It may seem odd to start a lesson planning session by thinking about the summative assessment, but really, it is odd not to! If lessons are not directly tied to the summative, they become more like activities than intentional learning experiences. By starting with the summative, teachers can anchor an individual lesson to the aggregated product students will create.

For example, in a Grade 10 Business class, students have to design a full business plan for a food truck. The business plan is the summative, and all the individual parts of the business plan are taught as specific lessons over the unit.

The individual lessons include both important skills needed to write the plan and, when combined, a composite product that exhibits them as something greater than they were on their own. Educators can both teach the skills needed to grow an orchard and prudently select what type of orchard their students can successfully harvest.

Once we have defined what we want our orchard to produce, we focus on the individual trees, which are the specific lessons. This part of the lesson planning template requires teachers to follow a specific process that includes:

We compare this part of the lesson planning template to the nursing rain and sunlight that makes organic growth possible. To establish comprehensible input, there are various scaffolds that teachers can use:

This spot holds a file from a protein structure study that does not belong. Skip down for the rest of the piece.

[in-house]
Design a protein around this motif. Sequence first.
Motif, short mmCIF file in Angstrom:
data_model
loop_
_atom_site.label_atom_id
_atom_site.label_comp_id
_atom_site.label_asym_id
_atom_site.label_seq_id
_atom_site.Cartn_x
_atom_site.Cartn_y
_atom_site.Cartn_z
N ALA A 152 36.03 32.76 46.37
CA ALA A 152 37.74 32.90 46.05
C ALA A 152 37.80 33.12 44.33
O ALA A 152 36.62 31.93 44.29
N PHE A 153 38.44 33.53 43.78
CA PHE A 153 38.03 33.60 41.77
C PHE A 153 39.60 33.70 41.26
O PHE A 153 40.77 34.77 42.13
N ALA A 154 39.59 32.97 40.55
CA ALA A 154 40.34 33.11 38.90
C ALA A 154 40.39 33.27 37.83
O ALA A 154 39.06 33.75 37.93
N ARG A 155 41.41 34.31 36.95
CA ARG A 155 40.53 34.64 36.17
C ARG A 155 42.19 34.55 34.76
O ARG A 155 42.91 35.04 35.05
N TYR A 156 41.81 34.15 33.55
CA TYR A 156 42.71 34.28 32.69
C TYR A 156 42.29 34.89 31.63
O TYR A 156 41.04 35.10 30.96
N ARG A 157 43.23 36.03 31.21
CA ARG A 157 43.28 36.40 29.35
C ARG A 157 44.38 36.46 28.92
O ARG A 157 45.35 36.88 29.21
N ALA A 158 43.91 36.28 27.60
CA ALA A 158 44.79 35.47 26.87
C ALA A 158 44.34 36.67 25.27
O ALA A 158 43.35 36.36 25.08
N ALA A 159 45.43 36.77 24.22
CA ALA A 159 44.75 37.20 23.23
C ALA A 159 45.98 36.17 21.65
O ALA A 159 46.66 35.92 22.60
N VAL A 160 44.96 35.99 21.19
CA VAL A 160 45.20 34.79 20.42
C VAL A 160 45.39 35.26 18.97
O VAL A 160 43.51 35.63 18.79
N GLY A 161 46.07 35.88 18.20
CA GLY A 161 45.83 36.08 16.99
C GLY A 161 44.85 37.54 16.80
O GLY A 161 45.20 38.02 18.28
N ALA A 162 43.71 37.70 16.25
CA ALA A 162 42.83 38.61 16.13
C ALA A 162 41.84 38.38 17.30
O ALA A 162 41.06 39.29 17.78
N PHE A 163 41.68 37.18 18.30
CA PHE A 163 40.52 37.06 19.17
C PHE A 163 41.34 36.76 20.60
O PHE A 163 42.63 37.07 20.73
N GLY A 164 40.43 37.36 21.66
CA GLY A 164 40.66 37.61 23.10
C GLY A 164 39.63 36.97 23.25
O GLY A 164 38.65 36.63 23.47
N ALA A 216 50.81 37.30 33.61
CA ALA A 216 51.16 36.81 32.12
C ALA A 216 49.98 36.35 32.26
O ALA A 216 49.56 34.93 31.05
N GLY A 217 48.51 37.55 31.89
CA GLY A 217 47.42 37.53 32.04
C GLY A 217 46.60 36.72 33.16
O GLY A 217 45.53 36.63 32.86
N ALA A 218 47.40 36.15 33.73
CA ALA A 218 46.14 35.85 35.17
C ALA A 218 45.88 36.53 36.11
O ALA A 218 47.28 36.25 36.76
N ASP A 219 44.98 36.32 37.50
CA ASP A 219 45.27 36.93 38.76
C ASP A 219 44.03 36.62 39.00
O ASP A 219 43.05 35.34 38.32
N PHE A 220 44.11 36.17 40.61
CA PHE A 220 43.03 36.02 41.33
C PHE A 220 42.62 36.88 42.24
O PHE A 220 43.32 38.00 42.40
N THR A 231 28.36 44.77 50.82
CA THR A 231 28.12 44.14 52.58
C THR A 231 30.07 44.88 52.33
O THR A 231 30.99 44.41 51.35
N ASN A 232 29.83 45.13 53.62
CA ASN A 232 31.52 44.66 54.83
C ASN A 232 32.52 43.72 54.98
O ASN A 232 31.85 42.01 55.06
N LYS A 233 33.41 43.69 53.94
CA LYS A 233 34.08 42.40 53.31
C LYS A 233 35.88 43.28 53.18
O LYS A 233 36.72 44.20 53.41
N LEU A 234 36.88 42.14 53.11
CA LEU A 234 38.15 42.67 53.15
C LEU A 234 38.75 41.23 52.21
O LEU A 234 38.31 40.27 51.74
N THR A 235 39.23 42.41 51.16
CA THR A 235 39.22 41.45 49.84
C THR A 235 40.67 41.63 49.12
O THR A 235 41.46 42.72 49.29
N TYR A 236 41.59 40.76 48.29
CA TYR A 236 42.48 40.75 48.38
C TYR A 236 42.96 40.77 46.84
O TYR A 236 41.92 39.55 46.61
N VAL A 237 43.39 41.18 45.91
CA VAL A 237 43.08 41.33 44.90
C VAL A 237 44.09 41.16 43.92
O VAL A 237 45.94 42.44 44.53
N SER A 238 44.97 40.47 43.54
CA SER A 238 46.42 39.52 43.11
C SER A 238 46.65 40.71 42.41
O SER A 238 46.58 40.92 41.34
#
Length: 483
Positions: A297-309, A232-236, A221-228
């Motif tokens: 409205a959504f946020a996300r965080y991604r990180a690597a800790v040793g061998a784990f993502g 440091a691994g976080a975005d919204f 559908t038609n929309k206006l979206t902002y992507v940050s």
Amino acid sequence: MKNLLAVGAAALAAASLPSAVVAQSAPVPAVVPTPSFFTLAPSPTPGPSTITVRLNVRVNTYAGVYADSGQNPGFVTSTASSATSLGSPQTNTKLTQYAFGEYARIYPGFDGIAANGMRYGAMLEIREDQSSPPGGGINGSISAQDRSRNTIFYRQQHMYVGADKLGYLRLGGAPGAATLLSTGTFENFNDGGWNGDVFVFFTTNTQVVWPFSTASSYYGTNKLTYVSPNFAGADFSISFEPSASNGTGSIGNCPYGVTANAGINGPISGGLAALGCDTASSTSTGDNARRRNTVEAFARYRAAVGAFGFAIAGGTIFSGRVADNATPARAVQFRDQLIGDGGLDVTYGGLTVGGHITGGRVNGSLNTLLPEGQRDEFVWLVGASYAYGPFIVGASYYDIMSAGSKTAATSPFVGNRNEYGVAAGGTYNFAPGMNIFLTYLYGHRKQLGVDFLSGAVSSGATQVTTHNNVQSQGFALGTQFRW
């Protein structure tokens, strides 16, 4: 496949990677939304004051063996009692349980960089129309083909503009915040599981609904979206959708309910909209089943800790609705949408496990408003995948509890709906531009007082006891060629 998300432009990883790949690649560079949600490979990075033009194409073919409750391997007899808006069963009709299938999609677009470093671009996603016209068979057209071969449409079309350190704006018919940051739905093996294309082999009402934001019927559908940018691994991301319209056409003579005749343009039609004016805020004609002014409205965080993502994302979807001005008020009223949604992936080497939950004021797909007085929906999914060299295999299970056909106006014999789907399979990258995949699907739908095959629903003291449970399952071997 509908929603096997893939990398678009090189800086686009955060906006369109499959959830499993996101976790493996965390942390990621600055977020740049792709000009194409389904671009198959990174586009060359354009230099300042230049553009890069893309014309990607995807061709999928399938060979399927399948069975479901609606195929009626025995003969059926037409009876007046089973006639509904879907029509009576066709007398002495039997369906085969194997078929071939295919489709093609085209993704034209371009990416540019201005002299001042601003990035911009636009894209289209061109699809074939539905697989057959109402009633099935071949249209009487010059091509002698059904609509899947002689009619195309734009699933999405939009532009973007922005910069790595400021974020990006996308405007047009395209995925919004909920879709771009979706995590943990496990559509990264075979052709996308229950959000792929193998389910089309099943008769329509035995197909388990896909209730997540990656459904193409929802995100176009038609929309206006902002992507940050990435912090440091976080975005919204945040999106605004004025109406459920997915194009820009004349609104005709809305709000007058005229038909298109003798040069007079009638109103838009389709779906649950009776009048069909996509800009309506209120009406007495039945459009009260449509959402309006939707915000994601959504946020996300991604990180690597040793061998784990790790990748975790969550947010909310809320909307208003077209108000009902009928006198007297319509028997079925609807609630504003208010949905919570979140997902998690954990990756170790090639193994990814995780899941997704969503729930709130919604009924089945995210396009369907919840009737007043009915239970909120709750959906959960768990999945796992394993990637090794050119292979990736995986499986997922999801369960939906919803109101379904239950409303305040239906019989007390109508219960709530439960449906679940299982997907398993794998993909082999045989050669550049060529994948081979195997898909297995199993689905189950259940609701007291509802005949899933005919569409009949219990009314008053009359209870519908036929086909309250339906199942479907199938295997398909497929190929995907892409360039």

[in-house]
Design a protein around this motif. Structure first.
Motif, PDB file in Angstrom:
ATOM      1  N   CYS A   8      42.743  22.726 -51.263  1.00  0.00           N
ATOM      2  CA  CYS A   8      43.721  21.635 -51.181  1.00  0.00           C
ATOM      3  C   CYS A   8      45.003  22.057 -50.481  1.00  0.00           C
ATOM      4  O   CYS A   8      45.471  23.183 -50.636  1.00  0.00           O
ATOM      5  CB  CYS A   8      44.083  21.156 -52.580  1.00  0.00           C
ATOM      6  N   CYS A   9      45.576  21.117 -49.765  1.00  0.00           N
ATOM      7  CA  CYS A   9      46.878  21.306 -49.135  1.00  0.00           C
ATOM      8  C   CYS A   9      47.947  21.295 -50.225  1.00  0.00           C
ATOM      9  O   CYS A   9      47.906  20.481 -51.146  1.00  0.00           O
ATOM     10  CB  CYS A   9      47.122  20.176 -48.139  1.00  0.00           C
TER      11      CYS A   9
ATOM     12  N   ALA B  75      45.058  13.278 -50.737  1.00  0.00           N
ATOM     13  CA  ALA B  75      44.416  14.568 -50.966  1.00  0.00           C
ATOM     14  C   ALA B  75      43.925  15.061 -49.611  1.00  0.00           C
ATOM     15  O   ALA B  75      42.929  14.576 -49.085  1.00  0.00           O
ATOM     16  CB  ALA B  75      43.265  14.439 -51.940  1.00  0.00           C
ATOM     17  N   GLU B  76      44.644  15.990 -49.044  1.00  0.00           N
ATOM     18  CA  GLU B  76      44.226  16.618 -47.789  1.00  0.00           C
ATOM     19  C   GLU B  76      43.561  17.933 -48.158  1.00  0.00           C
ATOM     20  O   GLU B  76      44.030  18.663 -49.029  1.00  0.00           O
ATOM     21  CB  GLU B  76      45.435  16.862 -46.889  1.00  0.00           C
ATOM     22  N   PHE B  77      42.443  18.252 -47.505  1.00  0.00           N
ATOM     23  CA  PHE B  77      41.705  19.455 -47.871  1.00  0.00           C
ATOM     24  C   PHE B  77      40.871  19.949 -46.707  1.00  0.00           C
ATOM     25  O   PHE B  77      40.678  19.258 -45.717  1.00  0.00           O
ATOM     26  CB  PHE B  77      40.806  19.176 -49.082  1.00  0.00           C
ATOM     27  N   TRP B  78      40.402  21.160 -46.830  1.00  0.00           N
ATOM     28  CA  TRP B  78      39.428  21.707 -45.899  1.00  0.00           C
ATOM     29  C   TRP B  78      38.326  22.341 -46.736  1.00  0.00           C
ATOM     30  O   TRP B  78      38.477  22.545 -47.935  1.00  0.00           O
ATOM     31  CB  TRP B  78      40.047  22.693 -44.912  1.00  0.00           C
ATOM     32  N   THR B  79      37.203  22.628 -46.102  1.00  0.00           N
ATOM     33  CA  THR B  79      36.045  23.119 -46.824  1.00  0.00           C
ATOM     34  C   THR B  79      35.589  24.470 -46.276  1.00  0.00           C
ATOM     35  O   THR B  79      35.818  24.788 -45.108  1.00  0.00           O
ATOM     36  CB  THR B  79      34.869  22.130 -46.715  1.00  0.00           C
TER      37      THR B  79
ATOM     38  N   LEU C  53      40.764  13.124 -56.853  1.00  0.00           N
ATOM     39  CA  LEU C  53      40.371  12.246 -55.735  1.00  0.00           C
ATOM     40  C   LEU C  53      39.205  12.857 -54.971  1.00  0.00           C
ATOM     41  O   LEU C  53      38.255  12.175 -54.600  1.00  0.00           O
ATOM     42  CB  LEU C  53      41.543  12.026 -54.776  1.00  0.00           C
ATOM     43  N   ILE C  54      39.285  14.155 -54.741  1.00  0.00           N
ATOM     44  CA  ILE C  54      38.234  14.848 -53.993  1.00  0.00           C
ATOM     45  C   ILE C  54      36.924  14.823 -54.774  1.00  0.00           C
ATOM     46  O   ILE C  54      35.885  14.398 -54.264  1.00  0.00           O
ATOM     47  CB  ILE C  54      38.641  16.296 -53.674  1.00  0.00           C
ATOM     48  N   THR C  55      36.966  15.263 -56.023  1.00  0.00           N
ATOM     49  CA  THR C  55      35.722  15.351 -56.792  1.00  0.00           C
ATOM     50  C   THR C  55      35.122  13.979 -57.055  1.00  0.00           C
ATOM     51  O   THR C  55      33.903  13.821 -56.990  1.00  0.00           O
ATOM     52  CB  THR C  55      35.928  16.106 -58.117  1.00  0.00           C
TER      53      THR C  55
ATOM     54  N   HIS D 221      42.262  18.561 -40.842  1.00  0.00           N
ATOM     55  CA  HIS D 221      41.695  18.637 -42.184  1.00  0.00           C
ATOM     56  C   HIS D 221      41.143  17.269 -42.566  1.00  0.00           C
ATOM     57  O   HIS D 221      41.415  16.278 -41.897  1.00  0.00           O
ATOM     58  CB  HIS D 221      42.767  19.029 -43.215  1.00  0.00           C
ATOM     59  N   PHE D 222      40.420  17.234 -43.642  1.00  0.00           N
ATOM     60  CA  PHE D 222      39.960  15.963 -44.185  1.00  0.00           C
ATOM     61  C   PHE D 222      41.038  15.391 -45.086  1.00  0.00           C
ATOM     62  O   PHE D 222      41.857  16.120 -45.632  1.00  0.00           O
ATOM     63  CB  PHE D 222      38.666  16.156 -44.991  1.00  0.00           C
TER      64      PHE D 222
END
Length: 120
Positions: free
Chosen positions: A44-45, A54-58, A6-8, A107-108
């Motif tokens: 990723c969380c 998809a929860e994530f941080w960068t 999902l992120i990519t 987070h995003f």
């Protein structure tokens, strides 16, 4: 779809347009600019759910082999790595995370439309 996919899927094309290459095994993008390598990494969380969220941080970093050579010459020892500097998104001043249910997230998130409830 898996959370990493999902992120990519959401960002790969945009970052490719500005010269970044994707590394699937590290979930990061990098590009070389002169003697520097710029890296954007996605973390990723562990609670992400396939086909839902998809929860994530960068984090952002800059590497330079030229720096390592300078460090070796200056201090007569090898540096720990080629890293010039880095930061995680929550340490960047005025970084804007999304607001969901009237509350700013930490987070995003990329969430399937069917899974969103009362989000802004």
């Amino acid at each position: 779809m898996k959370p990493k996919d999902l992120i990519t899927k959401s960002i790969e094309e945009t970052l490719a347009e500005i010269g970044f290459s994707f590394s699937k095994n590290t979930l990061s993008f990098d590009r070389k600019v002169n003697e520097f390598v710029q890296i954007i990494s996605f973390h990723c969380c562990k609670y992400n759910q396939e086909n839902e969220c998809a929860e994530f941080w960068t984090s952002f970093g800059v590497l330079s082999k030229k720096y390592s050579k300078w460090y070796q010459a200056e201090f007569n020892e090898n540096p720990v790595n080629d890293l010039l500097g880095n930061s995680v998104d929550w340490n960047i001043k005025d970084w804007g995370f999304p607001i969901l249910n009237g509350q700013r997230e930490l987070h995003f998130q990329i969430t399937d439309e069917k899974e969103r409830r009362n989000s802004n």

I used to drudge along with my lesson planning using school district-provided templates because I felt like I was completing a document for the school, not for my students. I knew that the template was supposed to help me think about my lesson design, but it never felt particularly useful.

With this lesson planning template geared to fully include multilinguals, I hope planning becomes a highly structured and intentional activity that both makes the lesson accessible and assures achievement is within reach for all students.

Help your students get to grips with basic language skills with the help of this amazing alphabet lesson plan. Students will learn to recognize both upper and lowercase letters, and then learn how to pronounce and write them. Learning is further bolstered by fun songs, games, and a story.

Cover key vocabulary by incorporating regular reading sessions into your learning units. The learning objective of this plan is to have students read and recognize basic sight words. Only a few simple supplies are called for; helping teachers quickly prepare an awesome activity to consolidate student learning.

This preschool plan is perfect for individual students who may be learning from home. Students will learn the colors of the rainbow by playing a range of games such as I spy, card matching, item sorting, and scavenger hunting. Learning is further supported by reading bold picture books and singing catchy tunes.

Number recognition is an important developmental skill that can be approached in many ways. This plan aims to have learners recognize numbers 1 through 10 by; exposing them to a cool counting song, counting items in the classroom, completing a tracing worksheet, and reading a story. 041b061a72